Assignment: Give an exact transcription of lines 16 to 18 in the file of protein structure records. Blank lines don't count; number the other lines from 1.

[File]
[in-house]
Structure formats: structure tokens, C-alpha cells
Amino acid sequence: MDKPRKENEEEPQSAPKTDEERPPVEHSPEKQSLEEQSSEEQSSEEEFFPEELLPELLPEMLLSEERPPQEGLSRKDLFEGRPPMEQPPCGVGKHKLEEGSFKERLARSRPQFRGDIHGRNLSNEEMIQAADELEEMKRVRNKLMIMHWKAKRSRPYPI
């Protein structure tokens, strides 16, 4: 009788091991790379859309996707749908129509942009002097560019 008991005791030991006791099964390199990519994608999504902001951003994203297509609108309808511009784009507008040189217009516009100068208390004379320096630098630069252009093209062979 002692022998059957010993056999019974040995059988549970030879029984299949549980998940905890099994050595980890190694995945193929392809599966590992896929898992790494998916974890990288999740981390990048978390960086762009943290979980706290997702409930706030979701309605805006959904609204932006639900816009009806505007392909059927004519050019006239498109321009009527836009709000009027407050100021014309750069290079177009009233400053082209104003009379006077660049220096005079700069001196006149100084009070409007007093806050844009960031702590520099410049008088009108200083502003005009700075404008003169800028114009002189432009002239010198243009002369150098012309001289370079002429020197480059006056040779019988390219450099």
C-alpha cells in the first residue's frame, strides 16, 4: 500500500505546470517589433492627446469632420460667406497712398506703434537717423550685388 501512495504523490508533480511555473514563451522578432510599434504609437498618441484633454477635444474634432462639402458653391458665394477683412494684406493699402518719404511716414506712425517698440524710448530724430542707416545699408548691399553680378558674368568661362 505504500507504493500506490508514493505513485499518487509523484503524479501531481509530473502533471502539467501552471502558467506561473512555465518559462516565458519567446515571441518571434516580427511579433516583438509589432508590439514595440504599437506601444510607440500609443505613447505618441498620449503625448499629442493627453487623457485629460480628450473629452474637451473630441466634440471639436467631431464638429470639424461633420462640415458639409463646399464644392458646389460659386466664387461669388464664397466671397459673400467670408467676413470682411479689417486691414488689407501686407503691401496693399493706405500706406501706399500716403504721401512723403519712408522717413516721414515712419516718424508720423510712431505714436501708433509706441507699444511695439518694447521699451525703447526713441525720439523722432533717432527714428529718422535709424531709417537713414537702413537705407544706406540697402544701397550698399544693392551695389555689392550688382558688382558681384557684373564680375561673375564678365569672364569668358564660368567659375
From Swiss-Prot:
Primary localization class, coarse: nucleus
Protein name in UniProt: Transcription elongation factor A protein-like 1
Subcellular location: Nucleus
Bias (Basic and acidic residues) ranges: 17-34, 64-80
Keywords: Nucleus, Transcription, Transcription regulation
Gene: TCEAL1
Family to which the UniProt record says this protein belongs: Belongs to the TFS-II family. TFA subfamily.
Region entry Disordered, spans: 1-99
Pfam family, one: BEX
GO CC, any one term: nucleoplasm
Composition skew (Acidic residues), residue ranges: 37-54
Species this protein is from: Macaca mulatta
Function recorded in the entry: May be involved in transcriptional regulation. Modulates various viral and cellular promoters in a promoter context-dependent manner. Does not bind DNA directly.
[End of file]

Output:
GO CC, any one term: nucleoplasm
Composition skew (Acidic residues), residue ranges: 37-54
Species this protein is from: Macaca mulatta